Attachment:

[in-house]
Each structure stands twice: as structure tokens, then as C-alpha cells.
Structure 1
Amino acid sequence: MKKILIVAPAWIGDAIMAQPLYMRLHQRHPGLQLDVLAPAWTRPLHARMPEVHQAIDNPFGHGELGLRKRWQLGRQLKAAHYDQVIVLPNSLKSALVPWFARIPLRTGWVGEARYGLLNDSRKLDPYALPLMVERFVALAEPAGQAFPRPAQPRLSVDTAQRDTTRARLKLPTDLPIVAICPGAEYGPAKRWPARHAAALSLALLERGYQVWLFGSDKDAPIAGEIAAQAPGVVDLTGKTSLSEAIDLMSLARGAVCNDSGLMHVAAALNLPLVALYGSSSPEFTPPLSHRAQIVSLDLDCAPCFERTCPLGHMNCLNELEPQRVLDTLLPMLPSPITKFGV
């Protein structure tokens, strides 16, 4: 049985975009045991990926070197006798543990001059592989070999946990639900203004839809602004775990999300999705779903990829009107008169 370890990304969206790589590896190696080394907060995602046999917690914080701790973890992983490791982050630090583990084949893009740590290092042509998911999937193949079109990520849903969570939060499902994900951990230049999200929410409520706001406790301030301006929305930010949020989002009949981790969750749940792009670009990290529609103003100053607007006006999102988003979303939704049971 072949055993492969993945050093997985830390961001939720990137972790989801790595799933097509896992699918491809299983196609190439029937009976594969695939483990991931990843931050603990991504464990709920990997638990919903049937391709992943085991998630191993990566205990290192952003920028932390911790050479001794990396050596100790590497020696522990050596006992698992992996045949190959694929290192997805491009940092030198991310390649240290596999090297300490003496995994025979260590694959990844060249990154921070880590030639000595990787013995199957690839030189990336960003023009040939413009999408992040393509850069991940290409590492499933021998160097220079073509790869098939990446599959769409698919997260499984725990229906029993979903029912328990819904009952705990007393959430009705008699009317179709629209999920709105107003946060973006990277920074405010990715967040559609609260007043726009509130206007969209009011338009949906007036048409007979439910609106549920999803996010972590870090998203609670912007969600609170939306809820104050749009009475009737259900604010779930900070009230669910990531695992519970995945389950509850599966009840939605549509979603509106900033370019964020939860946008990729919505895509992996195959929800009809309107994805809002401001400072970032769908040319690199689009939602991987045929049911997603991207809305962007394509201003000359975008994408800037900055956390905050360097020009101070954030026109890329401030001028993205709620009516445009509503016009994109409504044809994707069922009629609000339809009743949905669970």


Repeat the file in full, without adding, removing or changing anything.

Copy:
[in-house]
Each structure stands twice: as structure tokens, then as C-alpha cells.
Structure 1
Amino acid sequence: MKKILIVAPAWIGDAIMAQPLYMRLHQRHPGLQLDVLAPAWTRPLHARMPEVHQAIDNPFGHGELGLRKRWQLGRQLKAAHYDQVIVLPNSLKSALVPWFARIPLRTGWVGEARYGLLNDSRKLDPYALPLMVERFVALAEPAGQAFPRPAQPRLSVDTAQRDTTRARLKLPTDLPIVAICPGAEYGPAKRWPARHAAALSLALLERGYQVWLFGSDKDAPIAGEIAAQAPGVVDLTGKTSLSEAIDLMSLARGAVCNDSGLMHVAAALNLPLVALYGSSSPEFTPPLSHRAQIVSLDLDCAPCFERTCPLGHMNCLNELEPQRVLDTLLPMLPSPITKFGV
């Protein structure tokens, strides 16, 4: 049985975009045991990926070197006798543990001059592989070999946990639900203004839809602004775990999300999705779903990829009107008169 370890990304969206790589590896190696080394907060995602046999917690914080701790973890992983490791982050630090583990084949893009740590290092042509998911999937193949079109990520849903969570939060499902994900951990230049999200929410409520706001406790301030301006929305930010949020989002009949981790969750749940792009670009990290529609103003100053607007006006999102988003979303939704049971 072949055993492969993945050093997985830390961001939720990137972790989801790595799933097509896992699918491809299983196609190439029937009976594969695939483990991931990843931050603990991504464990709920990997638990919903049937391709992943085991998630191993990566205990290192952003920028932390911790050479001794990396050596100790590497020696522990050596006992698992992996045949190959694929290192997805491009940092030198991310390649240290596999090297300490003496995994025979260590694959990844060249990154921070880590030639000595990787013995199957690839030189990336960003023009040939413009999408992040393509850069991940290409590492499933021998160097220079073509790869098939990446599959769409698919997260499984725990229906029993979903029912328990819904009952705990007393959430009705008699009317179709629209999920709105107003946060973006990277920074405010990715967040559609609260007043726009509130206007969209009011338009949906007036048409007979439910609106549920999803996010972590870090998203609670912007969600609170939306809820104050749009009475009737259900604010779930900070009230669910990531695992519970995945389950509850599966009840939605549509979603509106900033370019964020939860946008990729919505895509992996195959929800009809309107994805809002401001400072970032769908040319690199689009939602991987045929049911997603991207809305962007394509201003000359975008994408800037900055956390905050360097020009101070954030026109890329401030001028993205709620009516445009509503016009994109409504044809994707069922009629609000339809009743949905669970």